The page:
Diatonic harmony is the foundation of jazz standards through the bebop era. One of the most common chord progressions is jazz is ii–V–I.
IV and ii are the most common chords to precede a V–I cadence. Both chords have predominant function. Compare the following examples:
The two progressions shown sound remarkably similar, even though IV is a major triad and ii is a minor triad. Notice IV and ii have two notes in common. Bach’s “Prelude in C Major” I–ii–V–I progression (See Playing Changes: Part 3).
Juan Tizol’s “Perdido” opens with a ii–V–I progression:
Circle of Fifths Progressions
Notice that in a ii–V–I progression, the root drops a perfect fifth from ii to V, and from V to I. Root motion in descending fifths (or ascending fourths) is one of the most common sequences in tonal music:
A smooth diatonic progression that follows this circle of fifths root motion is iii–vi–ii–V–I:
Play ii–V–I and iii–vi –ii–V–I progressions on the piano in several keys (eventually all 12)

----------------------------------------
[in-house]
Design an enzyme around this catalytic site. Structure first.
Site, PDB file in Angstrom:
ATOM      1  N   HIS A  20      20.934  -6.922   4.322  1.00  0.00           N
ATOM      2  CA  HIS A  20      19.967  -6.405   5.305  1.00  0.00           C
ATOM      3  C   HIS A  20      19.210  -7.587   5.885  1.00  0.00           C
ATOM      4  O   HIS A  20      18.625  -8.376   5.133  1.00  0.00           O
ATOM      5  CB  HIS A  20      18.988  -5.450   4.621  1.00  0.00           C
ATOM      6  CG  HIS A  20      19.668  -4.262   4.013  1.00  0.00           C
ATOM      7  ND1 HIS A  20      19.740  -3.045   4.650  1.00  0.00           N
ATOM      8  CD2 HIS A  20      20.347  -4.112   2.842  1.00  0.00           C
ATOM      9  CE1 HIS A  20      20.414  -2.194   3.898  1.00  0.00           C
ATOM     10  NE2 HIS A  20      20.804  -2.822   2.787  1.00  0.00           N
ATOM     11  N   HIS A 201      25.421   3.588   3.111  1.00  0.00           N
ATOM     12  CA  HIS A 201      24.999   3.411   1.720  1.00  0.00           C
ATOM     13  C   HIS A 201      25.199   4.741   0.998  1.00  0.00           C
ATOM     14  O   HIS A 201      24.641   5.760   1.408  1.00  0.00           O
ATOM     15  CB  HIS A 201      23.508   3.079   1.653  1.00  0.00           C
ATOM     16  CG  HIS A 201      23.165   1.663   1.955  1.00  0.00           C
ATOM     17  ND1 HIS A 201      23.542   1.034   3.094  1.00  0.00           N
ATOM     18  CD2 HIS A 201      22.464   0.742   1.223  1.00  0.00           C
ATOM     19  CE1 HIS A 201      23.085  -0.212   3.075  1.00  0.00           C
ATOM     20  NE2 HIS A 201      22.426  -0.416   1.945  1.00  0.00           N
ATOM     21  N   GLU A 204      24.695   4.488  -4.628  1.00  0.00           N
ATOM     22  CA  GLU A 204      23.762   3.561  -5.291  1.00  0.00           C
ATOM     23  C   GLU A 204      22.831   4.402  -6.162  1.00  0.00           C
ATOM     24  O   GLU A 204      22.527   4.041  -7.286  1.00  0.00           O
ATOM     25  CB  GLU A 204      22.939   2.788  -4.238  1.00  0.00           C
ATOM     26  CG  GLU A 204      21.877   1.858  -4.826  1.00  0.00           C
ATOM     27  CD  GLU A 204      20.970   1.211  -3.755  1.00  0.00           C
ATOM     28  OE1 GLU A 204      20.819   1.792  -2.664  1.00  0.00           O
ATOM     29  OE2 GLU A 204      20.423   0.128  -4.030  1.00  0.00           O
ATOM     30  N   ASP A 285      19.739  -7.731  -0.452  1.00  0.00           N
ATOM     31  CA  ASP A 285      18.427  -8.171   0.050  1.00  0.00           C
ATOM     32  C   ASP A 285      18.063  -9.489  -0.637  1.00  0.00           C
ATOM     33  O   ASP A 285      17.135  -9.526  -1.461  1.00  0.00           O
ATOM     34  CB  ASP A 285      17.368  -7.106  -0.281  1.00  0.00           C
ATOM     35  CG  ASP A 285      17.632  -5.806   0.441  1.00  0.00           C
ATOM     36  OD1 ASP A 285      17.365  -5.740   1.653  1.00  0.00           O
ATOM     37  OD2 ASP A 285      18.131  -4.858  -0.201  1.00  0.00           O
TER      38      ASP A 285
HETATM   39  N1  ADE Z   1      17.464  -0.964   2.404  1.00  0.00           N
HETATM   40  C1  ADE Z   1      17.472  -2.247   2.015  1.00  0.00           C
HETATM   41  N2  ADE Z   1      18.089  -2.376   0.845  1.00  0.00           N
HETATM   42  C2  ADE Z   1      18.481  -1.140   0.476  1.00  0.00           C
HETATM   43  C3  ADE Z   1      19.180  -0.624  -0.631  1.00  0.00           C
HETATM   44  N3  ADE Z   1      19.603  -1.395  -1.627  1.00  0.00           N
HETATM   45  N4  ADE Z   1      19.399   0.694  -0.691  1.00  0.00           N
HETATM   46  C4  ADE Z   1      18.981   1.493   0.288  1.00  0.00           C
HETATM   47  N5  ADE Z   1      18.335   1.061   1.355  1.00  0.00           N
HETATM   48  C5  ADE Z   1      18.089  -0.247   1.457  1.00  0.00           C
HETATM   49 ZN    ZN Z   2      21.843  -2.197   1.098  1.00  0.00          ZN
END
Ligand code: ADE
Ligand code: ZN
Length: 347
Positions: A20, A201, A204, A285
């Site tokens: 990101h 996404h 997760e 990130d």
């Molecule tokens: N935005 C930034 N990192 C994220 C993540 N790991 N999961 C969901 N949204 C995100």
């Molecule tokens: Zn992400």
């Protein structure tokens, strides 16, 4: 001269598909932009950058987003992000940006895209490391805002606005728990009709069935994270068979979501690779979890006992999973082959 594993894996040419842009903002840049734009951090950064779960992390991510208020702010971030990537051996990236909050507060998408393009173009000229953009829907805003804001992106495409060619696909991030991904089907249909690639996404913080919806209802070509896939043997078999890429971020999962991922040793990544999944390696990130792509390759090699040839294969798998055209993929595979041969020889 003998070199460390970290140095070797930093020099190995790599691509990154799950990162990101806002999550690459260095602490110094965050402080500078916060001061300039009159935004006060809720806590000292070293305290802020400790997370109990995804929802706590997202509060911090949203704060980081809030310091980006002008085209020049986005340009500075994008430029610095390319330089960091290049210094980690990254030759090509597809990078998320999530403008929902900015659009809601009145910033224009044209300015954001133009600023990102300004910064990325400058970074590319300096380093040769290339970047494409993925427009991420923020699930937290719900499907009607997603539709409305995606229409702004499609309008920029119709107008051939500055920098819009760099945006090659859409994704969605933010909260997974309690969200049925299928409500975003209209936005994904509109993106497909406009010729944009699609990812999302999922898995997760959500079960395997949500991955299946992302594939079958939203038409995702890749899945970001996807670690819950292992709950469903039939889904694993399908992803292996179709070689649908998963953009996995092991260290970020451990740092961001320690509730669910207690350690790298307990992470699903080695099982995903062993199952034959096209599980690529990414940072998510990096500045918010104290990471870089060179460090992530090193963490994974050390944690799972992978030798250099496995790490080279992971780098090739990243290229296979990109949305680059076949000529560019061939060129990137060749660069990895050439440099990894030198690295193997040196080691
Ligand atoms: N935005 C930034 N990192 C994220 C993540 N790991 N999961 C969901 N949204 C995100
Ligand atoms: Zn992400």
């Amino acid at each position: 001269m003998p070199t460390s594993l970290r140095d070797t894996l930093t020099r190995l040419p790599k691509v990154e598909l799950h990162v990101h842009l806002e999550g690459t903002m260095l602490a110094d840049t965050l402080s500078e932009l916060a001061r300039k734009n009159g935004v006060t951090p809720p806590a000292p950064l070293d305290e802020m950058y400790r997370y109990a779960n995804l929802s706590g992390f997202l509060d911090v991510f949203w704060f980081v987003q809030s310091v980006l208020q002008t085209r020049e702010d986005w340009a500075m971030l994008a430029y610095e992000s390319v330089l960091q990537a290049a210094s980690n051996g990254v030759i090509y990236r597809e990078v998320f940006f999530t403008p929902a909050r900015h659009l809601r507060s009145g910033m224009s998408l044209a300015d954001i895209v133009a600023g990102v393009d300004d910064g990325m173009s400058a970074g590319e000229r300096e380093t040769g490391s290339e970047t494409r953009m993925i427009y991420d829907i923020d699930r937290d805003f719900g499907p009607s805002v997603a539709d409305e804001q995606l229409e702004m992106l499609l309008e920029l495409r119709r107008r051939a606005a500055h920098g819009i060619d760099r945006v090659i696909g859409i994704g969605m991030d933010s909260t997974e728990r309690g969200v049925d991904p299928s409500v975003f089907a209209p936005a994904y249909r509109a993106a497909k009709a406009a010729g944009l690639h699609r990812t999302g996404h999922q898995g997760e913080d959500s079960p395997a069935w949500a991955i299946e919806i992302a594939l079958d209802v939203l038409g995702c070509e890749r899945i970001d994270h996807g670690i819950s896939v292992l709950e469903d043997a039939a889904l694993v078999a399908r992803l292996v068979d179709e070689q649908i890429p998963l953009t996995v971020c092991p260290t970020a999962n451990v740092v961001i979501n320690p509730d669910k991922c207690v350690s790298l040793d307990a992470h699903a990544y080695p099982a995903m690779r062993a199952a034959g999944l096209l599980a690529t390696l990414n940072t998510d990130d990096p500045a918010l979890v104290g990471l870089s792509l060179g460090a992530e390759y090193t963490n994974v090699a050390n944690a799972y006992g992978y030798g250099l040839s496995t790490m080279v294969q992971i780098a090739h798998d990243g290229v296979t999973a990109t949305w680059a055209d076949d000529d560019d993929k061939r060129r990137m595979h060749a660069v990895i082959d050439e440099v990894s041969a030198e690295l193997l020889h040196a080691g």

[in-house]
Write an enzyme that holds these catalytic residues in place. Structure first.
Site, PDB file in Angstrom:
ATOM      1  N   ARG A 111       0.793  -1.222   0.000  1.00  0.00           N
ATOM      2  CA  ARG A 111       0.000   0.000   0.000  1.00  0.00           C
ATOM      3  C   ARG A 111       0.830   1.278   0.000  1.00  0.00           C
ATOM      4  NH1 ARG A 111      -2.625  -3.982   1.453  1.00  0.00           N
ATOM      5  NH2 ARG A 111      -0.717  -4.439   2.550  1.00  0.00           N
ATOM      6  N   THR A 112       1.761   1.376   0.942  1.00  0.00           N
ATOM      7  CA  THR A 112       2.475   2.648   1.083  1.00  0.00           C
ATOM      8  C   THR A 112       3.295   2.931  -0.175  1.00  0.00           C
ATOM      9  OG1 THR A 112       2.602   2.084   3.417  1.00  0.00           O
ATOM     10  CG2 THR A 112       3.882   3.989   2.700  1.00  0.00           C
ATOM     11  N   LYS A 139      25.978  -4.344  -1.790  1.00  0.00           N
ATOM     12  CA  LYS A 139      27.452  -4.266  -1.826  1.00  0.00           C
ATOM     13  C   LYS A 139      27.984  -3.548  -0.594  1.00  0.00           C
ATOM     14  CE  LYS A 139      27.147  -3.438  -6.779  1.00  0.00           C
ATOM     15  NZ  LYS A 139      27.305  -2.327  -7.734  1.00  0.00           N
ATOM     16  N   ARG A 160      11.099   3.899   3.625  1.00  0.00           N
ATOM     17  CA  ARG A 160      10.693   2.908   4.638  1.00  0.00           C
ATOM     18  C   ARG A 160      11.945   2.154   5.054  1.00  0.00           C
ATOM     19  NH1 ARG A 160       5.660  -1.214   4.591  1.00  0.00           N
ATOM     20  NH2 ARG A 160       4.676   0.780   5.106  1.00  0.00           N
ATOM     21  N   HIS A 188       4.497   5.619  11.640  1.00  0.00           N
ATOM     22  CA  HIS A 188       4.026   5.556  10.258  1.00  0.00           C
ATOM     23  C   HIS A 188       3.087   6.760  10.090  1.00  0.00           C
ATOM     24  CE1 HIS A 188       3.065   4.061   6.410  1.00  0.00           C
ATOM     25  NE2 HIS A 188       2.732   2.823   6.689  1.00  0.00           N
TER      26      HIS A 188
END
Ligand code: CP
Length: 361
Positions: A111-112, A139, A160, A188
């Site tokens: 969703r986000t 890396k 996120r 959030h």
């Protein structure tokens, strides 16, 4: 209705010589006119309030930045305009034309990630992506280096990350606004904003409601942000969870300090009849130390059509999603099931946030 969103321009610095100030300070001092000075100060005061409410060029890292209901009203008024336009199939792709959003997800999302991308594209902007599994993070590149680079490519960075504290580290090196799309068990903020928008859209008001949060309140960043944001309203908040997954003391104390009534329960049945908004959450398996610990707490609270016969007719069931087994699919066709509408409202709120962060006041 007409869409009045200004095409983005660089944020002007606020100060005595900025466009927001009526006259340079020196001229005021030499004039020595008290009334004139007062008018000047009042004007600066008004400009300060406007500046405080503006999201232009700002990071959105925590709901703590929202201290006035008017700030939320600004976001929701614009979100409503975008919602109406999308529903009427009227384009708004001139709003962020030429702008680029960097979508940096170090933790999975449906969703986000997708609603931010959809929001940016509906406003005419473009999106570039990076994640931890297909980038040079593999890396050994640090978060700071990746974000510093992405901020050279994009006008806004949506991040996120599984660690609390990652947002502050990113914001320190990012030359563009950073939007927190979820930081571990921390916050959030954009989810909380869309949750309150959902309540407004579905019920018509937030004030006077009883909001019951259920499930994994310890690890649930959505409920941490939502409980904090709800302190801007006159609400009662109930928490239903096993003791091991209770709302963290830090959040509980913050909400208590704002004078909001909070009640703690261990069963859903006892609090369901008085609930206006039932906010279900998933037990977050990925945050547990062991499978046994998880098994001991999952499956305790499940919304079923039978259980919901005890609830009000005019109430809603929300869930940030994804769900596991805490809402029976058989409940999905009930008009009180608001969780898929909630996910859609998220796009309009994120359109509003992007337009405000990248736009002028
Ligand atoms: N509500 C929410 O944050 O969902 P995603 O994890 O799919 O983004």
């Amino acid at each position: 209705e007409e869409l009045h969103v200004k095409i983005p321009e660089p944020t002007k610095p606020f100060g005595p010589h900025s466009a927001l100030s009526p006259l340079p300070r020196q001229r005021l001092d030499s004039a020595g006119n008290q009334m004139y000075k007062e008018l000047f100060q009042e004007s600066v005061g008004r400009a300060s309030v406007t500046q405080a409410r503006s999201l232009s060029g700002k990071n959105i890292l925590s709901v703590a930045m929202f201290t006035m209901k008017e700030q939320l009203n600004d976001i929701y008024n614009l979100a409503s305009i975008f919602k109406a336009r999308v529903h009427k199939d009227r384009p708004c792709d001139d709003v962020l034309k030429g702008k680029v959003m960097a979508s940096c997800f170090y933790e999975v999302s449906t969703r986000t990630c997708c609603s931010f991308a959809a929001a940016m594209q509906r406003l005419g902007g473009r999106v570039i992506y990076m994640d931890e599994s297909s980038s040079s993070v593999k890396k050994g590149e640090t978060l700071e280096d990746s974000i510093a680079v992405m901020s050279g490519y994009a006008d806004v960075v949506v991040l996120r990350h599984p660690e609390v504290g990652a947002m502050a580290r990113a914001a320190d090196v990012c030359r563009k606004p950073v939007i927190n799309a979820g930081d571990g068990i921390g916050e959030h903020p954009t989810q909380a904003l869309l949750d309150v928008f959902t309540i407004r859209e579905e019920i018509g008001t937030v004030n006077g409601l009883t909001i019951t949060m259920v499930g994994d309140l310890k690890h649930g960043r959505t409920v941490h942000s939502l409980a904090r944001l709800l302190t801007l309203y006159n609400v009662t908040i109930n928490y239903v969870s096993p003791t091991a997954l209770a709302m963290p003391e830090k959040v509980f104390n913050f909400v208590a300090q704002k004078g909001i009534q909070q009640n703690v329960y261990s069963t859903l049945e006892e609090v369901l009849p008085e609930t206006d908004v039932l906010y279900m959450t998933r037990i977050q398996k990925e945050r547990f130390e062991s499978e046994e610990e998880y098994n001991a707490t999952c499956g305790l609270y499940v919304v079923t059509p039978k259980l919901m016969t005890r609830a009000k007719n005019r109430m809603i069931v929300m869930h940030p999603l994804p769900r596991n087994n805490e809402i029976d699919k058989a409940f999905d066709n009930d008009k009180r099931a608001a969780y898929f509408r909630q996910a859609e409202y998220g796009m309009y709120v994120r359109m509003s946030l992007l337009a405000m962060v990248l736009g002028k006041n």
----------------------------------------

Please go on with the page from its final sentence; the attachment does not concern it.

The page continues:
Mellin and Wood’s “My One and Only Love” is another example of diatonic harmony in a jazz standard:
(The A7 chord in measure four is a secondary dominant, which will be covered in a future article.)
It’s important to remember that the tonic (scale degree one), names the scale, not the root of each chord. In these diatonic examples, the chord tones change, but they all come from the key of C major.
Chapter Four of The Living Jazz Tradition presents a walk-through of Kurt Weill’s “Mack the Knife,” a song based on diatonic chords. Each walk-through presents four approaches for improvisation:
Thematic Variation – embellishing the melody
Horizontal – play by ear in the key center
Vertical – arpeggio-based solo that outlines each chord
Voice Leading – smooth melodic connections between chord tones as the harmony changes
Next in the series is “Playing Changes Part 6: Color Tones.”